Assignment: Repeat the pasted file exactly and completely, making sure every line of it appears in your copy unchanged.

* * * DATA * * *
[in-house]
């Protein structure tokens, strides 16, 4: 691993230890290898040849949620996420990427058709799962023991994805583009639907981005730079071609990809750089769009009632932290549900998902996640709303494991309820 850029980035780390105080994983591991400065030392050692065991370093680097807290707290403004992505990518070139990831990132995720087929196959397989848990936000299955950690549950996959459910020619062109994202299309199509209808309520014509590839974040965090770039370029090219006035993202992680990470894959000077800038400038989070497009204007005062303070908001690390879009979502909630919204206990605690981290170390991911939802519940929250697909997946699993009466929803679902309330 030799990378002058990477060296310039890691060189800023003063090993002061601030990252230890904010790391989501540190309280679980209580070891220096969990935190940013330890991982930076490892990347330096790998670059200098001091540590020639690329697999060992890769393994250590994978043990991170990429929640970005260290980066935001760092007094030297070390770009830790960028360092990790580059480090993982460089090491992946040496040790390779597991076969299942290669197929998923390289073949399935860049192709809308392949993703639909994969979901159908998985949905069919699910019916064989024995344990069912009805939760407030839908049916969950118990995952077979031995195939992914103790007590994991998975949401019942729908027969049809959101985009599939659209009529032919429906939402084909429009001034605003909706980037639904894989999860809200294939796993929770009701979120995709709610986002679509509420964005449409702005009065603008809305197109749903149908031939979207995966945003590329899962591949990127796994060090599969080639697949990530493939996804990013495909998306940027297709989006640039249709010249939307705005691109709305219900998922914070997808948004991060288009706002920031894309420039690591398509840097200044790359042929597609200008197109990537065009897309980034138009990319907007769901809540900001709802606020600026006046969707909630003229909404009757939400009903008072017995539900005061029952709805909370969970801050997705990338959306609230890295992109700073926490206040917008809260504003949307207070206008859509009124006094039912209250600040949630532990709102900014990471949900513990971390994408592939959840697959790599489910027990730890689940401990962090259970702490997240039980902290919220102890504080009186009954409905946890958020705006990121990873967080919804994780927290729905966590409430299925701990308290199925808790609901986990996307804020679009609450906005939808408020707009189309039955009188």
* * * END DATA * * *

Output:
[in-house]
């Protein structure tokens, strides 16, 4: 691993230890290898040849949620996420990427058709799962023991994805583009639907981005730079071609990809750089769009009632932290549900998902996640709303494991309820 850029980035780390105080994983591991400065030392050692065991370093680097807290707290403004992505990518070139990831990132995720087929196959397989848990936000299955950690549950996959459910020619062109994202299309199509209808309520014509590839974040965090770039370029090219006035993202992680990470894959000077800038400038989070497009204007005062303070908001690390879009979502909630919204206990605690981290170390991911939802519940929250697909997946699993009466929803679902309330 030799990378002058990477060296310039890691060189800023003063090993002061601030990252230890904010790391989501540190309280679980209580070891220096969990935190940013330890991982930076490892990347330096790998670059200098001091540590020639690329697999060992890769393994250590994978043990991170990429929640970005260290980066935001760092007094030297070390770009830790960028360092990790580059480090993982460089090491992946040496040790390779597991076969299942290669197929998923390289073949399935860049192709809308392949993703639909994969979901159908998985949905069919699910019916064989024995344990069912009805939760407030839908049916969950118990995952077979031995195939992914103790007590994991998975949401019942729908027969049809959101985009599939659209009529032919429906939402084909429009001034605003909706980037639904894989999860809200294939796993929770009701979120995709709610986002679509509420964005449409702005009065603008809305197109749903149908031939979207995966945003590329899962591949990127796994060090599969080639697949990530493939996804990013495909998306940027297709989006640039249709010249939307705005691109709305219900998922914070997808948004991060288009706002920031894309420039690591398509840097200044790359042929597609200008197109990537065009897309980034138009990319907007769901809540900001709802606020600026006046969707909630003229909404009757939400009903008072017995539900005061029952709805909370969970801050997705990338959306609230890295992109700073926490206040917008809260504003949307207070206008859509009124006094039912209250600040949630532990709102900014990471949900513990971390994408592939959840697959790599489910027990730890689940401990962090259970702490997240039980902290919220102890504080009186009954409905946890958020705006990121990873967080919804994780927290729905966590409430299925701990308290199925808790609901986990996307804020679009609450906005939808408020707009189309039955009188």